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A: There are those who suspect Wildflower Center volunteers are the culpable and capable culprits. Yet, others think staff members play some, albeit small, role. You can torture us with your plant questions, but we will never reveal the Green Guru's secret identity.

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Monday - September 01, 2008

From: Montreal, QC
Region: Canada
Topic: Edible Plants, Vines
Title: Niagara and Concord grape crop failure
Answered by: Joe Marcus

QUESTION:

Hi, I have been growing niagara grapes and concord grapes for 3 years now and this year I found myself without any fruits. The plant itself if full of leaves and is healthy. I was wondering why this was happening. Just to help you answer me I did plant berries behind it, the grapes hang on 3 wire that is about 12 feet long. Please help for I love my grapes.

ANSWER:

Both of your cultivars of the northeastern native species, Vitis glabrusca, are generally well-adapted to your area.  We cannot say for sure what caused your grapes' crop failure this year, but can list some of the common causes.  The most frequent cause would be a late spring freeze just at the time your grapes were flowering or beginning to set fruit.  Lack of pollinators when the vines are flowering is a more frequent cause nowadays.  Honey bees are the most common pollinators for grapes.  Other common causes are water stress - too much or too little at critical times.  High soil nitrogen caused by too much fertilizer.  Finally, disease and insect predation are possible, though less likely, causes.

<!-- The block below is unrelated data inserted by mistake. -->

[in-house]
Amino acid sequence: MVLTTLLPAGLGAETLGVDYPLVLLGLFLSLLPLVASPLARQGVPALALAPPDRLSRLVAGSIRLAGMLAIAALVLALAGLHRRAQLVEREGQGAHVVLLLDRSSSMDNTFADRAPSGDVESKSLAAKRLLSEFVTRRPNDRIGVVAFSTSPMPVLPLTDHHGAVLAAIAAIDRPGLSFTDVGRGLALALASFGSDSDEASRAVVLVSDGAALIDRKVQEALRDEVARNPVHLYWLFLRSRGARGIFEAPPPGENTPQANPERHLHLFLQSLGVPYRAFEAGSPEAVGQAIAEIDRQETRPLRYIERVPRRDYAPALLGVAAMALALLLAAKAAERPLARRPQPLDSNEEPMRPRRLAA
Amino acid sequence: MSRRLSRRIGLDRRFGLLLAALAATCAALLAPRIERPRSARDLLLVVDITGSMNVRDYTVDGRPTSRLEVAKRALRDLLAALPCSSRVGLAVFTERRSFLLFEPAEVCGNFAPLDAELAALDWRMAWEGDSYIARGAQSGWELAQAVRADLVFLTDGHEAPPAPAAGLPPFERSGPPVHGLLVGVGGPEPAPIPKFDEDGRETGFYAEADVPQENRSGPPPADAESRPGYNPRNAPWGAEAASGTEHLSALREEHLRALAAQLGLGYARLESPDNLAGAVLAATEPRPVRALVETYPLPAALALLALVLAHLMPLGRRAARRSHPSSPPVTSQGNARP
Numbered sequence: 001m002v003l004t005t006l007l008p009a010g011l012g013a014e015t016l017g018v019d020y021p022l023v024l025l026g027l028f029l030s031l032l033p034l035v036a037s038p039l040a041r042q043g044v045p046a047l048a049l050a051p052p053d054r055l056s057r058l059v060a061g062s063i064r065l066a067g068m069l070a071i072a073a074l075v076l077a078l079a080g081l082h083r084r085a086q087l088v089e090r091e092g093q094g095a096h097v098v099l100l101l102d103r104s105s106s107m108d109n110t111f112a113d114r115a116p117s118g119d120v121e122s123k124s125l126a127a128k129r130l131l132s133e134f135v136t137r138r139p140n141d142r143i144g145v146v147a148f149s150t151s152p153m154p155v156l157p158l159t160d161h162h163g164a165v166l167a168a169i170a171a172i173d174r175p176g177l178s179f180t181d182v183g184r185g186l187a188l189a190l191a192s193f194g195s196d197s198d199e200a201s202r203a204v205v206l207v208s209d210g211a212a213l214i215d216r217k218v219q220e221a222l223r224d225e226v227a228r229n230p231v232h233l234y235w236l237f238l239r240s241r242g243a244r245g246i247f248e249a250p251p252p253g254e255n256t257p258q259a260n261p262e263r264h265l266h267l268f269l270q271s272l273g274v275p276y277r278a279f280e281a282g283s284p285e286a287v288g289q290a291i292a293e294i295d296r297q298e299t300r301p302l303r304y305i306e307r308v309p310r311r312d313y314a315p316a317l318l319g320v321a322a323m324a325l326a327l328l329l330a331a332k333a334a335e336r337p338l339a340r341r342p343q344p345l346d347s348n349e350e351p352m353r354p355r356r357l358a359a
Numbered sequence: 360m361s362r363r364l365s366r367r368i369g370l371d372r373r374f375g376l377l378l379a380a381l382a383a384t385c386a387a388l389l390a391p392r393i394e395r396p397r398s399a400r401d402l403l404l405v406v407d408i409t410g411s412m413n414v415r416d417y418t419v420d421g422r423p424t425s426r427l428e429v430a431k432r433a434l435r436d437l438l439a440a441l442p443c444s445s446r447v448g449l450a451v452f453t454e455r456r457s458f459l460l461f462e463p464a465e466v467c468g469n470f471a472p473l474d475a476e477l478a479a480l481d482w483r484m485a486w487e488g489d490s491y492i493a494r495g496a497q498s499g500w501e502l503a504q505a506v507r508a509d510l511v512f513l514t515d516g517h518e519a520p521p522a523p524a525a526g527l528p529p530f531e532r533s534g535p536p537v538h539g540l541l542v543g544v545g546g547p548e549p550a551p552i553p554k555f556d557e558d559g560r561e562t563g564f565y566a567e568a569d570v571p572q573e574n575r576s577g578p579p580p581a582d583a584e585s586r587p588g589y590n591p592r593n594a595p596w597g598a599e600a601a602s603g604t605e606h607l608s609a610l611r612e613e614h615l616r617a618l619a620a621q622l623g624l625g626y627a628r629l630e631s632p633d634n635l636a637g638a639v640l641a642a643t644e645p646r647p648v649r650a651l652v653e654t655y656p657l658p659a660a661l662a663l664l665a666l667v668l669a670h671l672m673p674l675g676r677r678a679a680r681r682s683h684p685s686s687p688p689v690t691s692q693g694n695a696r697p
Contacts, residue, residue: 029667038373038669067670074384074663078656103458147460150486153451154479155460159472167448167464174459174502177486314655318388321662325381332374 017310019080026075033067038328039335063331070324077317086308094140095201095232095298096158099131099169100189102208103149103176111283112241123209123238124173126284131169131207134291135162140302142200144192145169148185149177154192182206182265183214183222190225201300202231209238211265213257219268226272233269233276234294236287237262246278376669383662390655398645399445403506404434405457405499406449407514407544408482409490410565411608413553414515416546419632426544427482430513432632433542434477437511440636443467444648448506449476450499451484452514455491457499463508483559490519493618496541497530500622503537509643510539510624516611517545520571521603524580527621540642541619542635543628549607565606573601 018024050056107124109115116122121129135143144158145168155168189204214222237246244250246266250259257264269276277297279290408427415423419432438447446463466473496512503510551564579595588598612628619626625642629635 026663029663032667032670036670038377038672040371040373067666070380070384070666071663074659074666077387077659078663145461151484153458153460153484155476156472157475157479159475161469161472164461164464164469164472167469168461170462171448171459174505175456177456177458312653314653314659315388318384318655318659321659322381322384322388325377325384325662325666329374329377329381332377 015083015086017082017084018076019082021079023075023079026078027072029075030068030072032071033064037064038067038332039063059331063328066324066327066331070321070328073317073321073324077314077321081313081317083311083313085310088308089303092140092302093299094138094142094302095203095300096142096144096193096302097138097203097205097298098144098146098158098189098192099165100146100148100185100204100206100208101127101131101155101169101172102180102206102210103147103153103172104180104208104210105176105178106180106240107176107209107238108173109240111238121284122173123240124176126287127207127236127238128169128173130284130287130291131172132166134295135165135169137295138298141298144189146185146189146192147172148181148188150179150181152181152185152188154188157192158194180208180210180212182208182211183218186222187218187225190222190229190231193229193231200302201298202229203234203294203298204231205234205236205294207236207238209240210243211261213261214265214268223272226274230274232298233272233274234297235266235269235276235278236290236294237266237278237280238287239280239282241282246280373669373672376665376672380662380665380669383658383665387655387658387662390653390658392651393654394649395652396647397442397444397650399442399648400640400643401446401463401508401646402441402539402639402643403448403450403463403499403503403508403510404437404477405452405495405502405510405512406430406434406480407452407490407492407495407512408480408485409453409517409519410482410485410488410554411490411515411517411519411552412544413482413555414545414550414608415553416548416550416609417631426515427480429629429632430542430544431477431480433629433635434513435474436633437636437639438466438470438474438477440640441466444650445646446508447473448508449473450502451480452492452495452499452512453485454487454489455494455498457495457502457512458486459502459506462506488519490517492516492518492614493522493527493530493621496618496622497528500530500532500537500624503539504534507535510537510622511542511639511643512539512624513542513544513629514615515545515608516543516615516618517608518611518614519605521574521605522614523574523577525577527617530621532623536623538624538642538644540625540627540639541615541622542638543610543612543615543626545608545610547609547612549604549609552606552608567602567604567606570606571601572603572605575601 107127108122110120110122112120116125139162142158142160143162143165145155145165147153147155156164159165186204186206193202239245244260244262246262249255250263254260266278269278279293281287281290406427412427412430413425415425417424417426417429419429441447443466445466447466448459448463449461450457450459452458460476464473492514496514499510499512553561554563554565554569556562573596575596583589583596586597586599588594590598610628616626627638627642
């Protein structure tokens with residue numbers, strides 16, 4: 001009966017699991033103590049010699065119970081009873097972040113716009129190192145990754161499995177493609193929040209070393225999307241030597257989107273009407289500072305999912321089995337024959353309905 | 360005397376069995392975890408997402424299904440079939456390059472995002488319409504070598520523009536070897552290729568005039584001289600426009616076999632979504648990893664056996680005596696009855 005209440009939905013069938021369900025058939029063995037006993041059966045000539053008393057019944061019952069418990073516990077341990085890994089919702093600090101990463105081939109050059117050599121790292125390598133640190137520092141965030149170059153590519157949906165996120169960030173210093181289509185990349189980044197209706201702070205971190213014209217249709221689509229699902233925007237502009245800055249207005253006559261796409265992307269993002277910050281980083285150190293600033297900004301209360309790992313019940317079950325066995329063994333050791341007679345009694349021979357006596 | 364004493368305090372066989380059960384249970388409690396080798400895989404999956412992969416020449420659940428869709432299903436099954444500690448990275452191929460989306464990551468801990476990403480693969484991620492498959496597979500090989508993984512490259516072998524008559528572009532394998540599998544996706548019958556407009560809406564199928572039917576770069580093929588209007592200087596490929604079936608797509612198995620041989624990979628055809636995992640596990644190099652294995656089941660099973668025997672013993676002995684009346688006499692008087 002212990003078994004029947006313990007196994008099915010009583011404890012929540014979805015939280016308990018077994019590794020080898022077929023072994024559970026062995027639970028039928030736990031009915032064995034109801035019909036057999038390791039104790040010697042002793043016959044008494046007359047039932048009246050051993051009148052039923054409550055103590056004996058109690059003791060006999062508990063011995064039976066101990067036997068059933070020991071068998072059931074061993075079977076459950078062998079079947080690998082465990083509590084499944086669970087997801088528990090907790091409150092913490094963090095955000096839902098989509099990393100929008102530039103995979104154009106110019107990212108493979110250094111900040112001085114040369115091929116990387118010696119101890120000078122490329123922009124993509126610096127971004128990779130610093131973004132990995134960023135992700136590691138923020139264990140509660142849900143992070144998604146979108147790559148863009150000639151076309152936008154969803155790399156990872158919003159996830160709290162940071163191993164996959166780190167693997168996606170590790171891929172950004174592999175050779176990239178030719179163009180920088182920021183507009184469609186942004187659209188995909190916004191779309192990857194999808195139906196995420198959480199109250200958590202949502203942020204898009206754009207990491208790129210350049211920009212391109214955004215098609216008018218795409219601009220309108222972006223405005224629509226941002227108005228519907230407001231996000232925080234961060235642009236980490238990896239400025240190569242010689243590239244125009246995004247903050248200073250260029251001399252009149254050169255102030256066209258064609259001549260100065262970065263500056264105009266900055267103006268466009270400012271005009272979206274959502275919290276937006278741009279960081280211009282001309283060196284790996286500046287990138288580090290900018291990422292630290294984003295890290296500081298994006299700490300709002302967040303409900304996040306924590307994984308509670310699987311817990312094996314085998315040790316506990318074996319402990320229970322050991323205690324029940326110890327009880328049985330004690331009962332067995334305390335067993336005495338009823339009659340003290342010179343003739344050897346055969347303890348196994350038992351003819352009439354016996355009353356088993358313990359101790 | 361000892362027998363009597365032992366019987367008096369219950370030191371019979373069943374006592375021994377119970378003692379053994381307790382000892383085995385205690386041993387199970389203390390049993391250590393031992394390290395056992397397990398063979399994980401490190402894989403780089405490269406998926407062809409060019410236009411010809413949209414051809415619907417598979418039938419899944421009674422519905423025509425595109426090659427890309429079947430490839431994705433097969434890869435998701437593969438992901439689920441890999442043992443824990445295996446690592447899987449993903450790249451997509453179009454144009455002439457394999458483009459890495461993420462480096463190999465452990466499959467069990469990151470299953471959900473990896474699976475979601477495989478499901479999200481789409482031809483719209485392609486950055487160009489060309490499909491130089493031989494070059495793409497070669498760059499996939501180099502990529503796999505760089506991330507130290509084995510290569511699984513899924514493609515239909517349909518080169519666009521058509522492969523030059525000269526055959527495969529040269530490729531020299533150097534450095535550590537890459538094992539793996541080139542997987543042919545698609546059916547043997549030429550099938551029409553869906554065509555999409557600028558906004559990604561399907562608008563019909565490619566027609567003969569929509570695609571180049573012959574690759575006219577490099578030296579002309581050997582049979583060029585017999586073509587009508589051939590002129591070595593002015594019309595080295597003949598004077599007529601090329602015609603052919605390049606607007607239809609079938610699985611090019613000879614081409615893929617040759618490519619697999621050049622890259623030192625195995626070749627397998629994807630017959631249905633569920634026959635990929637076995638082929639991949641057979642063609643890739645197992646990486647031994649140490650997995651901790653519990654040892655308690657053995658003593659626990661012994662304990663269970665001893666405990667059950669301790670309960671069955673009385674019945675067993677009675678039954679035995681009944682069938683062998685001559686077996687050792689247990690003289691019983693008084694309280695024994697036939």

The bad news is that this year's crop is a loss.  The good news is that your vines had an entire growth season to build up plant strength for next year's crop.  Watch your vines closely next year beginning at the time they flower and continue monitoring them through the growth of your grape crop.  You may then find the answer to your question.

Here is link to an online article, Growing Grapes for Home Use from the University of Minnesota Extension Service.

 

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